A Fevers of the Mind Quick-9 Interview with Steve Wheeler

with Steve Wheeler:

Q1: When did you start writing and first influences?

Steve: I started writing poetry with a purpose the day after I walked into the literary section of my college and began reading the works of Dylan Thomas and other British poets. I quickly got into reading American poets like Charles Bukowski and e. e. cummings and this helped me to develop my freeform style of poetry.

Q2: Who are your biggest influences today?

Steve: I enjoy reading the work of modern British writers such as Simon Armitage and Carol Ann Duffy, and urban poets such as John Cooper Clarke and Benjamin Zephaniah, but I’m also in love with the work of Irish poets such as Seamus Heaney and W. B. Yeats.

Q3: Where did you grow up and how did that influence your writing? Have any travels away from home influence your work/describe?

Steve: I was a musician (guitar and later keyboards) from the age of about 14. Lyrics to songs came to me along with the melodies and I began writing music alongside the poetry. Later as I began to perform my songs in public, I also started performing my poetry. It was synergetic – they seemed to feed off each other.

I have travelled a lot during my academic career, speaking and teaching in over 40 countries across the globe. Wherever I am, I find inspiration, from the buildings, scenery, people, cultures, food, music, and especially from simply observing people and their behaviour.

Q4: What do you consider your most meaningful work you’ve done creatively so far?

Steve: My most recent collection ASCENT seems to capture most of my recent creative work and places it in the context of love and relationships. It’s a collection I’m quite proud of because the themes develop and come to a crescendo in the book.


Q5: Any pivotal moment when you knew you wanted to be a writer/poet/artist?

Steve: There was no specific moment, but there have been critical moments that have spurred me on. I was once compering on the fringe stage at a very large arts festival in the UK, and reading my poetry in between the acts as they set up. My audience was probably between 500-1000 at any given time so even the fringe stage wasn’t small. Someone from the mainstage happened to be passing by, saw me performing and invited me up onto the mainstage. There I was, filling in before Earth Wind and Fire’s Phillip Bailey was about to come on, and the poets Stewart Henderson and Steve Turner were on the side of the stage watching. I performed some of my poetry in front of 24,000 people – probably my largest audience ever.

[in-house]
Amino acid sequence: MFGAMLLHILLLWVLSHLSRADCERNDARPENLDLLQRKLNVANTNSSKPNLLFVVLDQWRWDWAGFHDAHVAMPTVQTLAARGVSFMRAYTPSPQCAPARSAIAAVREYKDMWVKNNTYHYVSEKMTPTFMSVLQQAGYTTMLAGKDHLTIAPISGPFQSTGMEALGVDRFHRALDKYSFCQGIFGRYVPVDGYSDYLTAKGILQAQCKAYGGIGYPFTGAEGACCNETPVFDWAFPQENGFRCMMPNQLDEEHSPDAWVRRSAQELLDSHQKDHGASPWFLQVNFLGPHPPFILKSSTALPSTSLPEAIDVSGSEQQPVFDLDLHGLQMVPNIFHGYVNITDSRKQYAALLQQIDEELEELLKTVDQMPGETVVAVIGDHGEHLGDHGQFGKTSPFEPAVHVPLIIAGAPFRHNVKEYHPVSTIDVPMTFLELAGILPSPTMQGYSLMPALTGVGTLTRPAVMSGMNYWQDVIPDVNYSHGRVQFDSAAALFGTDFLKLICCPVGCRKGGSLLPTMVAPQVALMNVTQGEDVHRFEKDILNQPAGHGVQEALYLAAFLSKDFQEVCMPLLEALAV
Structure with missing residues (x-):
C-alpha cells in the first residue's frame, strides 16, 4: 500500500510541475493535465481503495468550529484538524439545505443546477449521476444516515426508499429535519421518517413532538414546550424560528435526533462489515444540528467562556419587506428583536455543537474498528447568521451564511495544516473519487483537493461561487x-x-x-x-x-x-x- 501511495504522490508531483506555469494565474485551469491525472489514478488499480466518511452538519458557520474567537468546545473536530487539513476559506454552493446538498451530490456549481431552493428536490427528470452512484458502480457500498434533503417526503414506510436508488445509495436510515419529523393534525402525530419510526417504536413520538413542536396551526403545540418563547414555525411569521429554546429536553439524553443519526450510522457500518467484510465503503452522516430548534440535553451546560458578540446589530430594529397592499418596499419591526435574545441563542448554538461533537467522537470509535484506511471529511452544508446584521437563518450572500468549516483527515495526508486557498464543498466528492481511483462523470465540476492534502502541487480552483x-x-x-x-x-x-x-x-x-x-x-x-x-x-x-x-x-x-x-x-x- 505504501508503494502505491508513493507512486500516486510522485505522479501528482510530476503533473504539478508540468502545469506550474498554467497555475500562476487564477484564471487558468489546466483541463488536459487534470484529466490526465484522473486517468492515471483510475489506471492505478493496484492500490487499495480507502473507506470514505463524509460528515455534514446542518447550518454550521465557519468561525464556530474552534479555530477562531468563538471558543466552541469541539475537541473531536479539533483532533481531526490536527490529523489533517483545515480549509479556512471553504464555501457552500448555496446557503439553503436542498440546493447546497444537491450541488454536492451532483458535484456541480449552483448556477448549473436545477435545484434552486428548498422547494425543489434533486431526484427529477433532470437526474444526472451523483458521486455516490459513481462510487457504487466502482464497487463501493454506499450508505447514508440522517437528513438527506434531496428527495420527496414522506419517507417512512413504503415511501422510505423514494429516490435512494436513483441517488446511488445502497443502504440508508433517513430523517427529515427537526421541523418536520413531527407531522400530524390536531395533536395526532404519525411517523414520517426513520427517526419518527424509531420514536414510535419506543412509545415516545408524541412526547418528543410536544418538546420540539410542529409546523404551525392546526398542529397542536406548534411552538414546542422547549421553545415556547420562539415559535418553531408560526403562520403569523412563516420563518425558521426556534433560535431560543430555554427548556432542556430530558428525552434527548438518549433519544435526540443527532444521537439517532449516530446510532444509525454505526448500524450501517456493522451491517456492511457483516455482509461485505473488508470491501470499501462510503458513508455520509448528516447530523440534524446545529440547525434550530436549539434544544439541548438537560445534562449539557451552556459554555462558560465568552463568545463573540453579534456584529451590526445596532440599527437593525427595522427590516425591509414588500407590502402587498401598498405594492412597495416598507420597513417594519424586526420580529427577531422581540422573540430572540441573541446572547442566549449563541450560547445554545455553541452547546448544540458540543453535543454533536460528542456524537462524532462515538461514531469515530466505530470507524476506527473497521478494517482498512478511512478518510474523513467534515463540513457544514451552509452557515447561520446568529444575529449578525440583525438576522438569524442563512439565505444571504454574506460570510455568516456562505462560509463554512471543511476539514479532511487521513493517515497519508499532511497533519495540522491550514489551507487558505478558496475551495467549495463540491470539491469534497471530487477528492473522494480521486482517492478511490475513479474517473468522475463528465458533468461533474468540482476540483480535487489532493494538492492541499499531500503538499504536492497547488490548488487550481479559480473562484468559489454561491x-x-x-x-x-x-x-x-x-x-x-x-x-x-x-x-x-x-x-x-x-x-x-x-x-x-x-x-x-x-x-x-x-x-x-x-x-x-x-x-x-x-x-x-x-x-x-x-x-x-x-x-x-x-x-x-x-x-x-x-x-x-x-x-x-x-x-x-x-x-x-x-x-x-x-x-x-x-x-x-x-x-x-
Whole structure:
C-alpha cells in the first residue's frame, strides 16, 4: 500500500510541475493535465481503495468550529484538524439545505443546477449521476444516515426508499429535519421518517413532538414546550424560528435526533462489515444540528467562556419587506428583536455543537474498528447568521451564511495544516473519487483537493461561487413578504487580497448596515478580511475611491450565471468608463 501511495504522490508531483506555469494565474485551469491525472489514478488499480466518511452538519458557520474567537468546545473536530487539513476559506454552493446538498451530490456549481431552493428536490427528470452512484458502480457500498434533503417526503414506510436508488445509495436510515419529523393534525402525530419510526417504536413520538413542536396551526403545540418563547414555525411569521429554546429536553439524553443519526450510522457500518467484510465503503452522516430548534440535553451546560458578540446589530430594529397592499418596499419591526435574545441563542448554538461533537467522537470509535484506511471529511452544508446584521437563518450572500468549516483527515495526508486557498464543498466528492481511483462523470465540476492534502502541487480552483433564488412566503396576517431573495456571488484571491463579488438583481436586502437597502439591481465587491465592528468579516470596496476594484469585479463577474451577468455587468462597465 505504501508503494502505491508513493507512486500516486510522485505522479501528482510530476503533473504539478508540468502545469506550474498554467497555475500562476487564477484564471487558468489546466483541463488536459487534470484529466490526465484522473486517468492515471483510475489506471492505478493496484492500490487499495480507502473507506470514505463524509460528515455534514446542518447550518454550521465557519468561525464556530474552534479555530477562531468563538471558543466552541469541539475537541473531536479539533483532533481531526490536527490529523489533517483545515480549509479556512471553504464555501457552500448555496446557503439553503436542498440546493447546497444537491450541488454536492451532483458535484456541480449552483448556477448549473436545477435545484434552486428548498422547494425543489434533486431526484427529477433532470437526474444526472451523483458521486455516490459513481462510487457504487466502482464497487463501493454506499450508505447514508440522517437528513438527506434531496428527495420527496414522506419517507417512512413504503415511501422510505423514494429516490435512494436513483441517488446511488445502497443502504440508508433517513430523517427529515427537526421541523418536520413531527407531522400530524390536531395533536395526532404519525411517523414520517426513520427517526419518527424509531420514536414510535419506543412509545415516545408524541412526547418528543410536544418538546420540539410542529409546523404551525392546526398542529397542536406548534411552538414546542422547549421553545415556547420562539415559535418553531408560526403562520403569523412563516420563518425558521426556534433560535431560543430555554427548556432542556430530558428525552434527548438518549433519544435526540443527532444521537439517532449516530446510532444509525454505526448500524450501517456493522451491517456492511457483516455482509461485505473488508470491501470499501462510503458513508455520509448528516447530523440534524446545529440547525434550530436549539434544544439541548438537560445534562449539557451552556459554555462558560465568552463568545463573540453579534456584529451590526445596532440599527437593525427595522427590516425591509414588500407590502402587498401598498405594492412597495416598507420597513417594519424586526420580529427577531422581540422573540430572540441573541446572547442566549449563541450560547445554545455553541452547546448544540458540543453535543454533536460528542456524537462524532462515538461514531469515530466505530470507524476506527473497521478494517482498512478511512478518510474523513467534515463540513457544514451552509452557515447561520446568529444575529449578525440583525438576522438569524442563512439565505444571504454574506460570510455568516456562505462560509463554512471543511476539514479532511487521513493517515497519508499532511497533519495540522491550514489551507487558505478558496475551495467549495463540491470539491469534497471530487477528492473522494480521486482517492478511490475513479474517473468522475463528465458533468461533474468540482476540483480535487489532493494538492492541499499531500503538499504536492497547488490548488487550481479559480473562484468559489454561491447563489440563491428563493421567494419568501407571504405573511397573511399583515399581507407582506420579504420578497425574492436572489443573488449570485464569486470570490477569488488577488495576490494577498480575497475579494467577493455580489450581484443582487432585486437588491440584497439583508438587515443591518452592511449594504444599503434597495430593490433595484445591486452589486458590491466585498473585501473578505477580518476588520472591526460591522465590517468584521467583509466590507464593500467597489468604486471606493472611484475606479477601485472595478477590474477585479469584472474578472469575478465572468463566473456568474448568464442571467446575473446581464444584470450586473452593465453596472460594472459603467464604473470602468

Q6: Favorite activities to relax?

Steve: I read, mainly fiction but also historical and science based books, and I watch films. Lots of films. I’m a fan of Science Fiction and also love comedy movies.

Q7: Any recent or forthcoming projects you’d like to promote?

Steve: Provide any photos, links. I’m editor-in-chief of a recent anthology published by the Facebook group Absolutely Poetry. Over 50 poets from five continents have written poems to raise money for the worldwide charity Save The Children. The book is doing well and the poetry it contains is from both established and emerging poets.


Q8: What is one of your favorite lines from a poem/song of yours or others?


Perhaps my favourite all-time poetry is actually a lyric from a hymn. The hymn is called ‘When I Survey’, and was written by Isaac Watts and Lowell Mason. It reflects my deepening faith and goes like this:
See from His head, His hands, His feet
Sorrow and love flow mingled down
Did e’er such love and sorrow meet
Or thorns compose so rich a crown?

Q9: Who has helped you most with writing?

Steve: I have had many influences over the years, but my audience (especially those who read my blog wheelsong.blogspot.com and the poetry I share on social media in Facebook poetry groups. I welcome all sorts of feedback on my writing, as long as it’s not destructive.


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